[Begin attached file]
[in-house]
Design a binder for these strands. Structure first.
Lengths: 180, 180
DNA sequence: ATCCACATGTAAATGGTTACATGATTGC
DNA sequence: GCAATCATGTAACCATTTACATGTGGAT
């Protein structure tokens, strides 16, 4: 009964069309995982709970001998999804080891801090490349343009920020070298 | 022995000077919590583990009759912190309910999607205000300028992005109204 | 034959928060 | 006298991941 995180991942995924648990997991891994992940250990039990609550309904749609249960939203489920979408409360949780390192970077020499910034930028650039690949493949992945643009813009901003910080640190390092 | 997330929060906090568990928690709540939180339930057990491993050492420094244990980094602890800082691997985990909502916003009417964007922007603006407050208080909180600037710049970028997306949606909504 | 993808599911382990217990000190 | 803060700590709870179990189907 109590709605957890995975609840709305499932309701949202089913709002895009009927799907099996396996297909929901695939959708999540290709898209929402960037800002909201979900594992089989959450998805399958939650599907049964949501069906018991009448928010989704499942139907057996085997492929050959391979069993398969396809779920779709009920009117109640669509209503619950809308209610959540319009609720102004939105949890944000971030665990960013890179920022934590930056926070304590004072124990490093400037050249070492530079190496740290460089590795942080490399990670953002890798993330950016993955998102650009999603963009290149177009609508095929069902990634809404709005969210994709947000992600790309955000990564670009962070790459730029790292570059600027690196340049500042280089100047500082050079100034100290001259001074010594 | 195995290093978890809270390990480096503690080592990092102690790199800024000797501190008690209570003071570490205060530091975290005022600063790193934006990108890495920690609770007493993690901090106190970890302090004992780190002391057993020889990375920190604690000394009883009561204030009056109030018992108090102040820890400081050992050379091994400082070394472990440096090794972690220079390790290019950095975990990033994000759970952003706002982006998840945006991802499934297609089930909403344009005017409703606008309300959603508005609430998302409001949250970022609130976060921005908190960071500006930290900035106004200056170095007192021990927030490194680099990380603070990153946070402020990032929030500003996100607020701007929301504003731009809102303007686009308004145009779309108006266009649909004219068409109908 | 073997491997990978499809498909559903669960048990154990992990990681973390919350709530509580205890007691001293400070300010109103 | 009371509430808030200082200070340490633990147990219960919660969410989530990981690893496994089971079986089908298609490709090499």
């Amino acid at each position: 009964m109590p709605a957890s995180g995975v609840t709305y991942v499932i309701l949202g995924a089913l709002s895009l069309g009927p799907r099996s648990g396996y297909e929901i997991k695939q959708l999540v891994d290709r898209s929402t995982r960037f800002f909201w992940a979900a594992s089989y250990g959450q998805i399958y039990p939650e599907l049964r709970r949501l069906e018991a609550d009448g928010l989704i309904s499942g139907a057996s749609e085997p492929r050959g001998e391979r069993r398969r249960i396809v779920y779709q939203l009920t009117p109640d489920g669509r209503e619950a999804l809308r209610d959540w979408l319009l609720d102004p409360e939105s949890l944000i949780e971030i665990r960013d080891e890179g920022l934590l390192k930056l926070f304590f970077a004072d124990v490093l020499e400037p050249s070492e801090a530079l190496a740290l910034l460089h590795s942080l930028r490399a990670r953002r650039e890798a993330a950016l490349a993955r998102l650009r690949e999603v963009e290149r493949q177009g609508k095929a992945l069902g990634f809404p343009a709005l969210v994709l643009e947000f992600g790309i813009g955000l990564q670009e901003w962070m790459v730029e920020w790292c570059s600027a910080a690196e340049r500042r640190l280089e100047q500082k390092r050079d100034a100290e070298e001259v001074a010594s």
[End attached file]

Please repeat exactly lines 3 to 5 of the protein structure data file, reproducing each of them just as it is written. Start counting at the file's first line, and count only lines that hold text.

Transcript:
Lengths: 180, 180
DNA sequence: ATCCACATGTAAATGGTTACATGATTGC
DNA sequence: GCAATCATGTAACCATTTACATGTGGAT